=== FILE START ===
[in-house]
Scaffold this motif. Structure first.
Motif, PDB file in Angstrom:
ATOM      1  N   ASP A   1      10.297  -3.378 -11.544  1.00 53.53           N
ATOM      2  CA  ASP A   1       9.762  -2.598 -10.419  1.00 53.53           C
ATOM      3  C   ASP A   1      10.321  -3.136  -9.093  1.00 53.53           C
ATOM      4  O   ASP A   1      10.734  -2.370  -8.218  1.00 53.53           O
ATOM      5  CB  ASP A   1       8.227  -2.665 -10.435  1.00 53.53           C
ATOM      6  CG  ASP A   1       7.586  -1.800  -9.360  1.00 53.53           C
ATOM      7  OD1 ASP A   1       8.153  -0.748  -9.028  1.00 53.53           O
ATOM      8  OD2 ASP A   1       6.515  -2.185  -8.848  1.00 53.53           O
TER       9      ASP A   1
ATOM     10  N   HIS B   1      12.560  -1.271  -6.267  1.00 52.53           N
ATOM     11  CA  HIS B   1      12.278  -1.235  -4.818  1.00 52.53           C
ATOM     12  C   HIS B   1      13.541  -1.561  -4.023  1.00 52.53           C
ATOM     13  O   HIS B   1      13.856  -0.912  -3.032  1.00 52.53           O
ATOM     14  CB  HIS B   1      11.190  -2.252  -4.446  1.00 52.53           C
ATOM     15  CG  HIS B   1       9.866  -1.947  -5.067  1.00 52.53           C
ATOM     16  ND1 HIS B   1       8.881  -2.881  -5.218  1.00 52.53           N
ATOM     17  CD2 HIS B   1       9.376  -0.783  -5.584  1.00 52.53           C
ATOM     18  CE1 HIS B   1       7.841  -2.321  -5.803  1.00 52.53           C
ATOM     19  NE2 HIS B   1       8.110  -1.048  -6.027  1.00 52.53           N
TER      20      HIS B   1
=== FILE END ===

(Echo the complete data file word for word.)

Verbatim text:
[in-house]
Scaffold this motif. Structure first.
Motif, PDB file in Angstrom:
ATOM      1  N   ASP A   1      10.297  -3.378 -11.544  1.00 53.53           N
ATOM      2  CA  ASP A   1       9.762  -2.598 -10.419  1.00 53.53           C
ATOM      3  C   ASP A   1      10.321  -3.136  -9.093  1.00 53.53           C
ATOM      4  O   ASP A   1      10.734  -2.370  -8.218  1.00 53.53           O
ATOM      5  CB  ASP A   1       8.227  -2.665 -10.435  1.00 53.53           C
ATOM      6  CG  ASP A   1       7.586  -1.800  -9.360  1.00 53.53           C
ATOM      7  OD1 ASP A   1       8.153  -0.748  -9.028  1.00 53.53           O
ATOM      8  OD2 ASP A   1       6.515  -2.185  -8.848  1.00 53.53           O
TER       9      ASP A   1
ATOM     10  N   HIS B   1      12.560  -1.271  -6.267  1.00 52.53           N
ATOM     11  CA  HIS B   1      12.278  -1.235  -4.818  1.00 52.53           C
ATOM     12  C   HIS B   1      13.541  -1.561  -4.023  1.00 52.53           C
ATOM     13  O   HIS B   1      13.856  -0.912  -3.032  1.00 52.53           O
ATOM     14  CB  HIS B   1      11.190  -2.252  -4.446  1.00 52.53           C
ATOM     15  CG  HIS B   1       9.866  -1.947  -5.067  1.00 52.53           C
ATOM     16  ND1 HIS B   1       8.881  -2.881  -5.218  1.00 52.53           N
ATOM     17  CD2 HIS B   1       9.376  -0.783  -5.584  1.00 52.53           C
ATOM     18  CE1 HIS B   1       7.841  -2.321  -5.803  1.00 52.53           C
ATOM     19  NE2 HIS B   1       8.110  -1.048  -6.027  1.00 52.53           N
TER      20      HIS B   1